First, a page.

Fulfilment review at Underbelly, Edinburgh – ‘inventive mixture of puppetry and verbatim theatre’
Though the term ‘fulfilment centre’ might paint a different picture, Amazon’s goods are dispatched from huge warehouses staffed by workers on zero-hour contracts. Union membership is discouraged. Toilet breaks are considered TOT – Time Off Task – so employees avoid drinking water. Fear of dismissal for unmet targets is constant.
Kezia Cole and Richard Hay’s inventive show combines verbatim material drawn from interviews with Amazon workers with comic sequences featuring Robox, a cute puppet made of corrugated cardboard with long spiralling limbs, who’s part logo, part algorithm. Created by Jimmy Grimes and manipulated bunraku-style by the cast, he’s a perky and friendly presence, eager to learn the tastes of his audience, to meet their every need.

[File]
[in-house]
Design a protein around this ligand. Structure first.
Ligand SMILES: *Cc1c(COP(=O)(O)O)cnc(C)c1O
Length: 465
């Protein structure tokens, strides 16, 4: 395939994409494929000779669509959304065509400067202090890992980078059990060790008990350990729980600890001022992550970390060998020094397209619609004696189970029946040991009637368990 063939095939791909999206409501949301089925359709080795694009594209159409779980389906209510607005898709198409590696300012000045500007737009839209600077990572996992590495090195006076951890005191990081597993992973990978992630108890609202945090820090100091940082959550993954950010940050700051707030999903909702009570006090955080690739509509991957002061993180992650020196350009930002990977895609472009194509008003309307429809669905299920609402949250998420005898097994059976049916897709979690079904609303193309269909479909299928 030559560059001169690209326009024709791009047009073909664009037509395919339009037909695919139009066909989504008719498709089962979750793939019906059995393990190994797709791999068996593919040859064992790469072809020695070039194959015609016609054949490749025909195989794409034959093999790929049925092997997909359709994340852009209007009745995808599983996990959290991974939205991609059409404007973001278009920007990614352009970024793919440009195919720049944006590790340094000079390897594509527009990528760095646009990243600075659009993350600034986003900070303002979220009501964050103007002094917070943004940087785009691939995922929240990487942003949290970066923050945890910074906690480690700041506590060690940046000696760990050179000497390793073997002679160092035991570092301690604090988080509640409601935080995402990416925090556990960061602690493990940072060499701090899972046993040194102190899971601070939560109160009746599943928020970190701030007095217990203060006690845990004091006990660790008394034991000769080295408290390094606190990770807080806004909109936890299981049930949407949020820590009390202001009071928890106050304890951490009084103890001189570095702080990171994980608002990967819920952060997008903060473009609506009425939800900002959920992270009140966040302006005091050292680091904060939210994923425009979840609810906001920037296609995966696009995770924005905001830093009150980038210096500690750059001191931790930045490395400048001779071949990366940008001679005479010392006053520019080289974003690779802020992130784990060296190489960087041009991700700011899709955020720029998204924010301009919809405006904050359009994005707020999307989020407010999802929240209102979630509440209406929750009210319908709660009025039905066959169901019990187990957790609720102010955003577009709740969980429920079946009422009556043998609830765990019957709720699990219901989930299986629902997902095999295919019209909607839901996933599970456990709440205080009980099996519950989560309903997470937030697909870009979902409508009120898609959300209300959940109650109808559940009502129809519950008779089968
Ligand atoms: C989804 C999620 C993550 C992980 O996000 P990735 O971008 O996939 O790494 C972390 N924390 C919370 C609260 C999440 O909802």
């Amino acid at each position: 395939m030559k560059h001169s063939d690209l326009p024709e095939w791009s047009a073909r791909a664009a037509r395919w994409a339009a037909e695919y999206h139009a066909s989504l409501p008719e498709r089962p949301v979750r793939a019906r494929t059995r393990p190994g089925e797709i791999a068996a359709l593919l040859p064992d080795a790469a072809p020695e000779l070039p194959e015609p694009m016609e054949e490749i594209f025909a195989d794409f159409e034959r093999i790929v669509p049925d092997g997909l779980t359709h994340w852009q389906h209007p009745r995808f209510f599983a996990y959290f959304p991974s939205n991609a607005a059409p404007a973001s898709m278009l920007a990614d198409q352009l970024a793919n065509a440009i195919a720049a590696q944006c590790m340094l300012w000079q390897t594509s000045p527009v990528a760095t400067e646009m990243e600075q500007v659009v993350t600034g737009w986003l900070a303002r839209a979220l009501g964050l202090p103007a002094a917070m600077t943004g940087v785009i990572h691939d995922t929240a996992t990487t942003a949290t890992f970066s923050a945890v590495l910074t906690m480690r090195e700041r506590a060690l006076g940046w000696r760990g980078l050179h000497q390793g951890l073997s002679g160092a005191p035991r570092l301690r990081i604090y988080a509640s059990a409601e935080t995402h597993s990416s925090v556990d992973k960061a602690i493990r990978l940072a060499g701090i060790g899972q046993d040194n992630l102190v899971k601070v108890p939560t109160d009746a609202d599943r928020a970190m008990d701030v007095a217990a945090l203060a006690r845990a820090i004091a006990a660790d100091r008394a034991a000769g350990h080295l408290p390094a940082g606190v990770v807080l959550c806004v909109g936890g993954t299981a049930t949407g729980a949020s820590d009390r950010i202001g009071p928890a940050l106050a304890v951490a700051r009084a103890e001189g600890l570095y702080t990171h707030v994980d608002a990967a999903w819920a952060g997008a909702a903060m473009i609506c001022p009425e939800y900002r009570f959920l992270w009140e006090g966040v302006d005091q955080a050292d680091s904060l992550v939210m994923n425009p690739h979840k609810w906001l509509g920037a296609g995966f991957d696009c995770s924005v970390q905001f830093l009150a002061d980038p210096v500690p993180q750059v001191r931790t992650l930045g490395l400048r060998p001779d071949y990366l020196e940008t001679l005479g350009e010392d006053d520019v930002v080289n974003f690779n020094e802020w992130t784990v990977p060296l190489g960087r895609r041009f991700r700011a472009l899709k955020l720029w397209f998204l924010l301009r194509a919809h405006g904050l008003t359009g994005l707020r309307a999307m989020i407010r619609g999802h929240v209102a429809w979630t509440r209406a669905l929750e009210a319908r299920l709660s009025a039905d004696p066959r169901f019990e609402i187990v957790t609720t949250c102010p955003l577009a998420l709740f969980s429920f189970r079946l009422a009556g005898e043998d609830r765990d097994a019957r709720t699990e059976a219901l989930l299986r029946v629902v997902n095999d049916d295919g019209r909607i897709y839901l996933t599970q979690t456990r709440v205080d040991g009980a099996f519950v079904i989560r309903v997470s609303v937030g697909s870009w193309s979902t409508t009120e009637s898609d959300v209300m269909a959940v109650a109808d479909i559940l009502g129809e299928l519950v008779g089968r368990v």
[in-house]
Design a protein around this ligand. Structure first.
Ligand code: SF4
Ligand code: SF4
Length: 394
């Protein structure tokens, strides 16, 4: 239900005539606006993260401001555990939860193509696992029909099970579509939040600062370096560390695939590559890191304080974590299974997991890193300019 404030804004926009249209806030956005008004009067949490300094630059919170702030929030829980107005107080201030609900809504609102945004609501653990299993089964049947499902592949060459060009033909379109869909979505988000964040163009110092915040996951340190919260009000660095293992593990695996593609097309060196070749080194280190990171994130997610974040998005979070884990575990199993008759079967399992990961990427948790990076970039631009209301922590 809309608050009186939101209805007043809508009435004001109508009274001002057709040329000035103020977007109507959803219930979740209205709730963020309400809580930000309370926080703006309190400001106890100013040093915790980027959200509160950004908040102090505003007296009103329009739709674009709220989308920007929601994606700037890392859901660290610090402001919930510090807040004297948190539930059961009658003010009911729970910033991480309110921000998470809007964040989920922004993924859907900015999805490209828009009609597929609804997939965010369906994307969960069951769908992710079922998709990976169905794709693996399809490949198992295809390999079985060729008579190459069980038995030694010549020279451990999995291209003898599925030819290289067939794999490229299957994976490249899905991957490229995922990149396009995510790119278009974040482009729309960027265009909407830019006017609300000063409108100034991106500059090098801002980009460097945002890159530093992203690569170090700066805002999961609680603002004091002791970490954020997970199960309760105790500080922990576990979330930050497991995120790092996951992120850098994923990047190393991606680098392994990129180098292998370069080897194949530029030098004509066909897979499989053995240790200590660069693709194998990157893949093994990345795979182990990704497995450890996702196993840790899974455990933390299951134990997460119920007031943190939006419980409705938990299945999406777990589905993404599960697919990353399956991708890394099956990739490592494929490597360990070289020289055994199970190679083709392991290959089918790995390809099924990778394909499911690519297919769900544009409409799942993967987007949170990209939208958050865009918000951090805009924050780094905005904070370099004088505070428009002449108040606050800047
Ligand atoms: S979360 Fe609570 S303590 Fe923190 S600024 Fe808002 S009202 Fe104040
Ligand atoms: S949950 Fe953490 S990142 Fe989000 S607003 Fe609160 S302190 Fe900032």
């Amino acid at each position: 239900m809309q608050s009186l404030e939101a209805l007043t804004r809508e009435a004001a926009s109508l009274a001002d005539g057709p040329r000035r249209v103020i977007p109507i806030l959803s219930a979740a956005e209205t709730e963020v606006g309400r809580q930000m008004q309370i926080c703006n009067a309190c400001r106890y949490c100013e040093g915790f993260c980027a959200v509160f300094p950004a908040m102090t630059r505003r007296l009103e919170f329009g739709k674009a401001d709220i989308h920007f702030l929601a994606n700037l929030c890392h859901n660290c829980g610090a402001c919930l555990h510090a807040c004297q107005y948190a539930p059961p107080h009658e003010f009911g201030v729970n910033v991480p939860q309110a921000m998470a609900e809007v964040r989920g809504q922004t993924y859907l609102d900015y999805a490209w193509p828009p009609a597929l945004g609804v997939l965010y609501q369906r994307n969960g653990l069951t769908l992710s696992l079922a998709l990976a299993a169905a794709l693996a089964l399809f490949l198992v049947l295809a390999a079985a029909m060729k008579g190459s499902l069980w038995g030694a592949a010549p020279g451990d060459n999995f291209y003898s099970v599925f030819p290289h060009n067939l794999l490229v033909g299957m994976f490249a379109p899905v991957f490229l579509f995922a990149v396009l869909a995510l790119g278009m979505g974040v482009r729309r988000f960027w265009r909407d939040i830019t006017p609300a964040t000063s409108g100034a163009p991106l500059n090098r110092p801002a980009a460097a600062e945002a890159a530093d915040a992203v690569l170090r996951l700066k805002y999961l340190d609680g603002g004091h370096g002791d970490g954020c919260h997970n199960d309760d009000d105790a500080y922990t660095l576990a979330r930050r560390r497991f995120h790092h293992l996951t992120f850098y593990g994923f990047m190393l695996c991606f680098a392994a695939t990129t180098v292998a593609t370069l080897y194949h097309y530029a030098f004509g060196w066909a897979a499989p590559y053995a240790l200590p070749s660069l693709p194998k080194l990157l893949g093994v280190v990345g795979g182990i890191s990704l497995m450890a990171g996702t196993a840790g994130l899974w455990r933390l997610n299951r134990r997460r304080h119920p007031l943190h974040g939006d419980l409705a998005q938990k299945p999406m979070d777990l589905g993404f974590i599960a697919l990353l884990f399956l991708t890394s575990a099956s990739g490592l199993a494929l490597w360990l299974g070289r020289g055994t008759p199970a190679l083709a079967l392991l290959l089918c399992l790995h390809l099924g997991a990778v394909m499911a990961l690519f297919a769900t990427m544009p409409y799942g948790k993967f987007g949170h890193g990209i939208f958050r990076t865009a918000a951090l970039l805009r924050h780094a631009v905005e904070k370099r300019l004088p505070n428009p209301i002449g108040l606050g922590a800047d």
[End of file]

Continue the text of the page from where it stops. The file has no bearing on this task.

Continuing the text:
Moments of audience interaction with Robox are woven with increasingly frenzied depictions of Amazon workers running themselves ragged, the cast tearing around the space until they’re red-faced and sweating.
While the juxtaposition between Robox’s disarmingly cheery scenes and the reality of the employees’ lives is marked, the two sides of the show feel a bit disconnected. The verbatim sections are distressing and compelling in their own right – the anger at the way large corporations treat their workers radiates from the piece. These stories deserve more space.
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